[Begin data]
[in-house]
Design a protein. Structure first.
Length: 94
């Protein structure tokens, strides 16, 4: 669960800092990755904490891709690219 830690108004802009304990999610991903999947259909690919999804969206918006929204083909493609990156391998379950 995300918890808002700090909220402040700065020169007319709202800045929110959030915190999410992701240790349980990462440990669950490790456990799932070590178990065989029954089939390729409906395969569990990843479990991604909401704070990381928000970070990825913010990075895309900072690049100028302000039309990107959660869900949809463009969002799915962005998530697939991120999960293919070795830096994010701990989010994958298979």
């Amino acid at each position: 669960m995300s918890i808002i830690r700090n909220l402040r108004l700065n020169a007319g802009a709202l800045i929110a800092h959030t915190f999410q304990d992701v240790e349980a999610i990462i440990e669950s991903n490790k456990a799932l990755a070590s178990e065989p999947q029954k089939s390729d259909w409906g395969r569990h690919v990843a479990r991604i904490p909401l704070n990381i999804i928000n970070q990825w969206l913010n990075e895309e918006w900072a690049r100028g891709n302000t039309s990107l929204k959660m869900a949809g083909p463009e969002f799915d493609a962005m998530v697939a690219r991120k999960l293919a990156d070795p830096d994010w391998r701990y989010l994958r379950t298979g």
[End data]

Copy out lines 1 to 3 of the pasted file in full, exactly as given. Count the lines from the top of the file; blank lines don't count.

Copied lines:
[in-house]
Design a protein. Structure first.
Length: 94